“Hall. Pass.”

Sam growled and grabbed the rubber squeaky doggy toy shaped and painted like a cherry pie with the number “3.14” markered on top. He walked out of the classroom.

“Can I go home?” Ashleigh pleaded. “My pupper needs me.”

Ms. Avery sighed, seemingly missing the word “home” in all the chaos. “When Sam gets back from the bathroom you may go.”

She became more hysterical. “I'm not gonna graduate! I bought a special dress to wear at graduation!”

“I bet the dress is gonna!” Logan said, raising a hand and high-fiving a classmate.

That caused Ashleigh to burst out crying again.

“Logan, can't you be nice to Ashleigh for even five minutes?” Meagan begged.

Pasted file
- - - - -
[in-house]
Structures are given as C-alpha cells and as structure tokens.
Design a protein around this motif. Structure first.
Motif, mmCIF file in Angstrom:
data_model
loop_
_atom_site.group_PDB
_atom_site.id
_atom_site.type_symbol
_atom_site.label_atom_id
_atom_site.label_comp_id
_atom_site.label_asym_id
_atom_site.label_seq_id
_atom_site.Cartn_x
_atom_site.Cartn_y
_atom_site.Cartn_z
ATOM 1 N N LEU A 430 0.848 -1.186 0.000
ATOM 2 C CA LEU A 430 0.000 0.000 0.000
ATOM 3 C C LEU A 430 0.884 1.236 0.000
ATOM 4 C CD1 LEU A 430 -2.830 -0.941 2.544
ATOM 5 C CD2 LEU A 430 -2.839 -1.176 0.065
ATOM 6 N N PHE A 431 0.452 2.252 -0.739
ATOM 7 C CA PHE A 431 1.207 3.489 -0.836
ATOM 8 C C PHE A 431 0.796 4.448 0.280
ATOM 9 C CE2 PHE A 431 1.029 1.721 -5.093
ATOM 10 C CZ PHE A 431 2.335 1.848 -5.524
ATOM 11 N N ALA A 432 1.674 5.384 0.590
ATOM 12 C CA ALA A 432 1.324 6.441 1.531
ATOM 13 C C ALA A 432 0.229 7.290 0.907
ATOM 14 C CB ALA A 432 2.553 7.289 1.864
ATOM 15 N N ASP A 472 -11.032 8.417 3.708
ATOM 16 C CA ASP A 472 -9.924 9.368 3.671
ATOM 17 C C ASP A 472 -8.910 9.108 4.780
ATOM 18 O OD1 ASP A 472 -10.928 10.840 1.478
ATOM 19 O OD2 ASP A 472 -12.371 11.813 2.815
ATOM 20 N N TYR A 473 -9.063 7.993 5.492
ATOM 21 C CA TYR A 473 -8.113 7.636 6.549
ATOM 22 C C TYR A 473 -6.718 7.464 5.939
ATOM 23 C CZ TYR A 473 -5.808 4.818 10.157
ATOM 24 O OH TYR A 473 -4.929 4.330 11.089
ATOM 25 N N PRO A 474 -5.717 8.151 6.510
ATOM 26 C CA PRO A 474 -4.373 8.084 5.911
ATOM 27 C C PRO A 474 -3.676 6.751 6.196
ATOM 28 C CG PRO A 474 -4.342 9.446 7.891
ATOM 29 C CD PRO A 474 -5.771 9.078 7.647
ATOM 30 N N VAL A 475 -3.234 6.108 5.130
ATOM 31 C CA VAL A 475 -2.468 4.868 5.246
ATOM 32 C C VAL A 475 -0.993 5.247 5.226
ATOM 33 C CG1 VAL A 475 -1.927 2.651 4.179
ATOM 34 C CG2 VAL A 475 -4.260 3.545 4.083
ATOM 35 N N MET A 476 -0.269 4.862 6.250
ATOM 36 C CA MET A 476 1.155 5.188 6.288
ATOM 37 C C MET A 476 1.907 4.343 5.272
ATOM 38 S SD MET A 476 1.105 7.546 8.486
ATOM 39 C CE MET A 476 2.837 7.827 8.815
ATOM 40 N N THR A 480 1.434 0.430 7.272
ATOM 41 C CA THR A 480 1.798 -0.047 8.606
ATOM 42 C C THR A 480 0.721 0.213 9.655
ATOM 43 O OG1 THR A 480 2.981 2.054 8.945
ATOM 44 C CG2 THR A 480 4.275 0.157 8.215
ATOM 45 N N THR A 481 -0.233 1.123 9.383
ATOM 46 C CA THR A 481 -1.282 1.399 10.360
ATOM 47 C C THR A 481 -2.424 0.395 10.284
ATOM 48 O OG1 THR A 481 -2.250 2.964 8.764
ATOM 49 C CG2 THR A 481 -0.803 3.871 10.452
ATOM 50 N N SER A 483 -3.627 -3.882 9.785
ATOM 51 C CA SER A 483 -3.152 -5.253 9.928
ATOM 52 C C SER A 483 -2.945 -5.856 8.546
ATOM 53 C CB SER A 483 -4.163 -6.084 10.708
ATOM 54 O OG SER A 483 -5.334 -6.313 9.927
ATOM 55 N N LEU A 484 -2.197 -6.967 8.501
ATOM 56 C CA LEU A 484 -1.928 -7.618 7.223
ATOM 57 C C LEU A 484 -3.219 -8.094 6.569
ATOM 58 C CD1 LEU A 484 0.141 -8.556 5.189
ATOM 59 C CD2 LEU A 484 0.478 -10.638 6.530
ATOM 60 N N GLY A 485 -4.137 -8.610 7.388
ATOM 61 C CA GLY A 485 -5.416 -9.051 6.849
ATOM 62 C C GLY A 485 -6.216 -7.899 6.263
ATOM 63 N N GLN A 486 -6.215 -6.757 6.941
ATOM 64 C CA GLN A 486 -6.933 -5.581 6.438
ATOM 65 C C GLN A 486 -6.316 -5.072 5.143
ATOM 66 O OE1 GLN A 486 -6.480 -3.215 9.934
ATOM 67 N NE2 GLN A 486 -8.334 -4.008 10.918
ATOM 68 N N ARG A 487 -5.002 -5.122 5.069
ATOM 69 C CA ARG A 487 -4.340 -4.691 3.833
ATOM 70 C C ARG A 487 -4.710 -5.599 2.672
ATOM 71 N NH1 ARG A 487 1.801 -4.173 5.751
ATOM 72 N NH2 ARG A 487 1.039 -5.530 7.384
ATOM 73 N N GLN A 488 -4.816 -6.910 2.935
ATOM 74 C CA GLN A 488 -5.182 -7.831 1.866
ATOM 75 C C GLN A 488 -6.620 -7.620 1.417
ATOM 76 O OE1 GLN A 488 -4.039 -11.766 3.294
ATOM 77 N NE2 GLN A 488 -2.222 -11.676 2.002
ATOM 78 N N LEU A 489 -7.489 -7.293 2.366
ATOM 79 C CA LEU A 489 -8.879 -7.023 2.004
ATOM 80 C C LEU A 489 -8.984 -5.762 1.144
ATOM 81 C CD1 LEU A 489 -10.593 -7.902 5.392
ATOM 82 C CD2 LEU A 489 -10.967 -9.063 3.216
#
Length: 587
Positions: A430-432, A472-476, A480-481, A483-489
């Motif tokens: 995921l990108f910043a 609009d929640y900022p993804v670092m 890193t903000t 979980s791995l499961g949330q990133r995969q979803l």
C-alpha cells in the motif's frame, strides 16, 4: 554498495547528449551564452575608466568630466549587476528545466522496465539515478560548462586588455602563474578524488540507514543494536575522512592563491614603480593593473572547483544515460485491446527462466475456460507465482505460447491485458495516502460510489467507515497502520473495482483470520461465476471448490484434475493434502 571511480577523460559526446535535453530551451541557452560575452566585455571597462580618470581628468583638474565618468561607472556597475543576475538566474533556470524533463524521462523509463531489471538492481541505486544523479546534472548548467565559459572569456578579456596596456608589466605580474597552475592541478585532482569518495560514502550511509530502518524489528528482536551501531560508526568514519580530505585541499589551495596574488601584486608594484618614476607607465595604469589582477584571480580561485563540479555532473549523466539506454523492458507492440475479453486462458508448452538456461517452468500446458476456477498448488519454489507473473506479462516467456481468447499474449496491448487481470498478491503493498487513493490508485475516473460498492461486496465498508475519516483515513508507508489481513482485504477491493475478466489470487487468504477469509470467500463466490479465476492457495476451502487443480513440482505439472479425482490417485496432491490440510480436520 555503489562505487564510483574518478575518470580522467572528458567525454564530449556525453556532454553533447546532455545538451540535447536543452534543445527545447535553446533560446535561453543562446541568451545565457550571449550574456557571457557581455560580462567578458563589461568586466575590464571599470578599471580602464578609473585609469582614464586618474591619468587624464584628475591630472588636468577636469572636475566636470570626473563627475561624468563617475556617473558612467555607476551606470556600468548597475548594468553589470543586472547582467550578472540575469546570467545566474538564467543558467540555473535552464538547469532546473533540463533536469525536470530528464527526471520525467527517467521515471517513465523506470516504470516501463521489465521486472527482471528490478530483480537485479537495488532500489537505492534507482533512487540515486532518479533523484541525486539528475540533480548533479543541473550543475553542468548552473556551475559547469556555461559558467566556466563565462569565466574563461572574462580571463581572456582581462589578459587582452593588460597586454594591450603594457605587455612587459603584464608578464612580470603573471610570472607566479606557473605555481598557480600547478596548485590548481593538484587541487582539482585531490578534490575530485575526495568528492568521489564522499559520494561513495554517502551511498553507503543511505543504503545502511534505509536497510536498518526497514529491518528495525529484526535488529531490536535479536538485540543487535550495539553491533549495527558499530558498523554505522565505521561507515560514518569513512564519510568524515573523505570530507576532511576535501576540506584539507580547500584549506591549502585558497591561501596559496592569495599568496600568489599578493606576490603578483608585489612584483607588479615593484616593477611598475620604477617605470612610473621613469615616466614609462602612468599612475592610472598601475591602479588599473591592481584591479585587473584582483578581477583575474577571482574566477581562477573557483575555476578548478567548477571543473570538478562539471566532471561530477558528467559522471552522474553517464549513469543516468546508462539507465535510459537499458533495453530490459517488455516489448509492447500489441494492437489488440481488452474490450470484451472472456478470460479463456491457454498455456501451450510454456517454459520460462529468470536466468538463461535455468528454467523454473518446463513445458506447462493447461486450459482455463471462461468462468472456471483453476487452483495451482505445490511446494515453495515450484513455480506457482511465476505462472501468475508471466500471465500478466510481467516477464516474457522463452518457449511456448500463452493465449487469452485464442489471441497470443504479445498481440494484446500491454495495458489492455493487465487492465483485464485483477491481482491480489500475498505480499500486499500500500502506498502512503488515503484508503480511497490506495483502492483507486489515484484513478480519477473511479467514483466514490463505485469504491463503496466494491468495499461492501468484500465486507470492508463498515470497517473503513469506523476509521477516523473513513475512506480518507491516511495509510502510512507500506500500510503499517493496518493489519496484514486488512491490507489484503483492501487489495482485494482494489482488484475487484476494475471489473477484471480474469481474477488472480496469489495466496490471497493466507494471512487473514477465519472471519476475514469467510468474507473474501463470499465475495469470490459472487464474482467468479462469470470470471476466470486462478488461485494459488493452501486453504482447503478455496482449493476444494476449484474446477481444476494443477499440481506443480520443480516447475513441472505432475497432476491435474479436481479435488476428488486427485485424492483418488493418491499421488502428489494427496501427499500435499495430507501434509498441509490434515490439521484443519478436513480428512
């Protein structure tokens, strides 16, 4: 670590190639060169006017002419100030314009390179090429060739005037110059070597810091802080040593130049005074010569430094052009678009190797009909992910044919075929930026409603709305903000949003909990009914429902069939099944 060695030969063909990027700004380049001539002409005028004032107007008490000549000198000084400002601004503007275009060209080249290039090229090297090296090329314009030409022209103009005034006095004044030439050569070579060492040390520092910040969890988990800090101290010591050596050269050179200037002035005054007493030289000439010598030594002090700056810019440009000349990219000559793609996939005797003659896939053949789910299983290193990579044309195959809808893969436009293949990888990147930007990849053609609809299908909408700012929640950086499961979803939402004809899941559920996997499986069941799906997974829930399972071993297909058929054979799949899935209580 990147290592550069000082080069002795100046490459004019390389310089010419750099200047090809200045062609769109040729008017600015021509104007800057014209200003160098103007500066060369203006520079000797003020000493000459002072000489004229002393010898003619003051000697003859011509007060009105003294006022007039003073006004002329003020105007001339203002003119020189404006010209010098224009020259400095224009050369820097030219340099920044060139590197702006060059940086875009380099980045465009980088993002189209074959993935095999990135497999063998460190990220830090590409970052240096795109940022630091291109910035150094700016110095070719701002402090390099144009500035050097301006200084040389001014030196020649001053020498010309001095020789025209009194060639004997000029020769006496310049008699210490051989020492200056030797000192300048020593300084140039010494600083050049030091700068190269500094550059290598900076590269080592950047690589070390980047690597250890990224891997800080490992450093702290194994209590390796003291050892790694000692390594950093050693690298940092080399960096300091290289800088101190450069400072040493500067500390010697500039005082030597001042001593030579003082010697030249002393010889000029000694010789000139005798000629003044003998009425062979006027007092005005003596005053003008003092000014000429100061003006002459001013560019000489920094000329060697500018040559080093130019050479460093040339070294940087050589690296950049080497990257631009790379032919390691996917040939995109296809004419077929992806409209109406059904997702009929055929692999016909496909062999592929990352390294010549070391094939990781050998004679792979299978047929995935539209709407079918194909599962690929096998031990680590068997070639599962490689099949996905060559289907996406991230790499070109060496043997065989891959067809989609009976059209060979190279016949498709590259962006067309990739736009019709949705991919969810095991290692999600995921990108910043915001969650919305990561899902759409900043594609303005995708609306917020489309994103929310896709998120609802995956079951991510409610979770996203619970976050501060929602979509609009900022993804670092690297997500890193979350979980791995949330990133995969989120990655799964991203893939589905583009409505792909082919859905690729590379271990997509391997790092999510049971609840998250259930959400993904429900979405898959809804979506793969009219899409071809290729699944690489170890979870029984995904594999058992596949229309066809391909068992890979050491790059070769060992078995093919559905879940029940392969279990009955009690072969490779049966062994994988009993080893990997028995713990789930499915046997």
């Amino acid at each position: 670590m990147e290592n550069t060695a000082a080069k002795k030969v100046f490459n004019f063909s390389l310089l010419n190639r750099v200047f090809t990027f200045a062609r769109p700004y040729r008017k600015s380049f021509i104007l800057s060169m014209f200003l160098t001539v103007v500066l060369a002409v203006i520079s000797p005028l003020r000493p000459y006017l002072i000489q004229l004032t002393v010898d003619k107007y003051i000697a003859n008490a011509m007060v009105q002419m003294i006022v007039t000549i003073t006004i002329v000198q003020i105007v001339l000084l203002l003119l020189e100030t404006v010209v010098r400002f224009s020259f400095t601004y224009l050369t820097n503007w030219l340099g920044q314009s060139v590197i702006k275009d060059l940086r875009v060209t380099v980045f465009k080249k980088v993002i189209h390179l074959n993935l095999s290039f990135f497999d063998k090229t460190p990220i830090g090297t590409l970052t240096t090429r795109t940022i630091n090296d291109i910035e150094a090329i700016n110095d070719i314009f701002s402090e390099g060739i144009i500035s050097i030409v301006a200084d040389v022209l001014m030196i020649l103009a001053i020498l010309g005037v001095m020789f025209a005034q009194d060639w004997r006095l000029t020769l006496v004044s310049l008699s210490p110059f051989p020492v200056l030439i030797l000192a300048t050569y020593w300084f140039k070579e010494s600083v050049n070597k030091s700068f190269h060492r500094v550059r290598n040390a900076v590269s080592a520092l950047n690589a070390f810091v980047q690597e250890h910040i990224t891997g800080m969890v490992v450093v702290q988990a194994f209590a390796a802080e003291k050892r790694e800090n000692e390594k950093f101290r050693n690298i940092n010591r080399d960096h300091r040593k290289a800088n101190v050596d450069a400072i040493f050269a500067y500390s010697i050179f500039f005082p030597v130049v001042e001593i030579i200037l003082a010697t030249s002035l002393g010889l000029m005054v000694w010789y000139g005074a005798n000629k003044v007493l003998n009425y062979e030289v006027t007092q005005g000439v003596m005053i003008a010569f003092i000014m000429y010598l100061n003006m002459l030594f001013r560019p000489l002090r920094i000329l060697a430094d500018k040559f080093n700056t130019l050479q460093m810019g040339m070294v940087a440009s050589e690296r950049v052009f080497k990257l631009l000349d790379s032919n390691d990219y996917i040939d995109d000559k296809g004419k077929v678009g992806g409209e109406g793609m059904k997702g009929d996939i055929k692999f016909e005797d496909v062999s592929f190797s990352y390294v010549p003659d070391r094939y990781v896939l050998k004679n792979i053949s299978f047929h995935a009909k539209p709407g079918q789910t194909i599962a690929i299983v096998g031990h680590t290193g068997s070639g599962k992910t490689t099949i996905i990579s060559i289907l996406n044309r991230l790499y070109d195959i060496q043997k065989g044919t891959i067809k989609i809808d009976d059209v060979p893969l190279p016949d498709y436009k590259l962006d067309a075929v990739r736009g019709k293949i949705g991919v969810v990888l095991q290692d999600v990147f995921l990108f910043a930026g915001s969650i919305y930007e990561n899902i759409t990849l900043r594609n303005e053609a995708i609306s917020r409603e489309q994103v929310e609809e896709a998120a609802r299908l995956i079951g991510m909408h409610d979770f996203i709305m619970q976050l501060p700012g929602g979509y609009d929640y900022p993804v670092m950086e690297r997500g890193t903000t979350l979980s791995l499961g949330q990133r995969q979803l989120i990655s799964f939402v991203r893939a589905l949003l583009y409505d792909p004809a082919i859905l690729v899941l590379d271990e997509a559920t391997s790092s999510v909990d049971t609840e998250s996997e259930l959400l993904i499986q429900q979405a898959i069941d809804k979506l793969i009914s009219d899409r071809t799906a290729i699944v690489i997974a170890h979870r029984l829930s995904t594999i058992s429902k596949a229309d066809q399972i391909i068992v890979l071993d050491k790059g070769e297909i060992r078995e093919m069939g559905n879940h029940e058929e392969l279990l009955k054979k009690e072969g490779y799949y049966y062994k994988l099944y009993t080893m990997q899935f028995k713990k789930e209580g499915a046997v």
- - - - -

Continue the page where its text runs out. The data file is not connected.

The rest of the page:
“Can't you have a sense of humor for even five minutes?” Logan asked.

“We're going to die in 14—”

”—10,” Devon corrected.

”...10 minutes. We can remember to be kind, right?”

There was commotion outside. That's when everyone turned to see Sam storming out into the school parking lot. He held the extinguisher close to his body and yelled out, “Say 'helo to my littel friend!” before freeing the cone and flailing the hose into the sky. Even through the window everyone could hear his threat. “You see this, sun!” Sam cried, releasing a test spray of the extinguisher. “We're more powerful than you can ever imagine! Turn back now or we will destroy you!”

“Who wants to learn derivatives?” Ms. Avery sang cheerfully.

“Aren't you at all concerned about something—like, I don't know—the sun that's gonna kill us all?” Evyn asked.